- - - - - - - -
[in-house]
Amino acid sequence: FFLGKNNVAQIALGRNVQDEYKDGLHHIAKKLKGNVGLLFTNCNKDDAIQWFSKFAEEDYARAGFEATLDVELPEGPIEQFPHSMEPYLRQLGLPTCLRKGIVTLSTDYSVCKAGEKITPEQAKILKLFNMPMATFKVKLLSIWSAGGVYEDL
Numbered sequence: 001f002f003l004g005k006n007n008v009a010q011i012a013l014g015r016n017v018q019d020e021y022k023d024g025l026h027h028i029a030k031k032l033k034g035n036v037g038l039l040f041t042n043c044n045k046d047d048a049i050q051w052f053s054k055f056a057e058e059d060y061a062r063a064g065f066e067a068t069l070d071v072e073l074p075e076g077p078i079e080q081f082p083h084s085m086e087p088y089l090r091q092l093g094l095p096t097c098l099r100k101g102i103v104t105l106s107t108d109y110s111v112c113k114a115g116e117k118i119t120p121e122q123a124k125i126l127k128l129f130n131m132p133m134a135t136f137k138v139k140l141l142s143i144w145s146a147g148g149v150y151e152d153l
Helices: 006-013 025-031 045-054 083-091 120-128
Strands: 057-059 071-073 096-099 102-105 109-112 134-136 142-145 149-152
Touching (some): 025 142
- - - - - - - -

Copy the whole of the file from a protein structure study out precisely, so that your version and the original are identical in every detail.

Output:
[in-house]
Amino acid sequence: FFLGKNNVAQIALGRNVQDEYKDGLHHIAKKLKGNVGLLFTNCNKDDAIQWFSKFAEEDYARAGFEATLDVELPEGPIEQFPHSMEPYLRQLGLPTCLRKGIVTLSTDYSVCKAGEKITPEQAKILKLFNMPMATFKVKLLSIWSAGGVYEDL
Numbered sequence: 001f002f003l004g005k006n007n008v009a010q011i012a013l014g015r016n017v018q019d020e021y022k023d024g025l026h027h028i029a030k031k032l033k034g035n036v037g038l039l040f041t042n043c044n045k046d047d048a049i050q051w052f053s054k055f056a057e058e059d060y061a062r063a064g065f066e067a068t069l070d071v072e073l074p075e076g077p078i079e080q081f082p083h084s085m086e087p088y089l090r091q092l093g094l095p096t097c098l099r100k101g102i103v104t105l106s107t108d109y110s111v112c113k114a115g116e117k118i119t120p121e122q123a124k125i126l127k128l129f130n131m132p133m134a135t136f137k138v139k140l141l142s143i144w145s146a147g148g149v150y151e152d153l
Helices: 006-013 025-031 045-054 083-091 120-128
Strands: 057-059 071-073 096-099 102-105 109-112 134-136 142-145 149-152
Touching (some): 025 142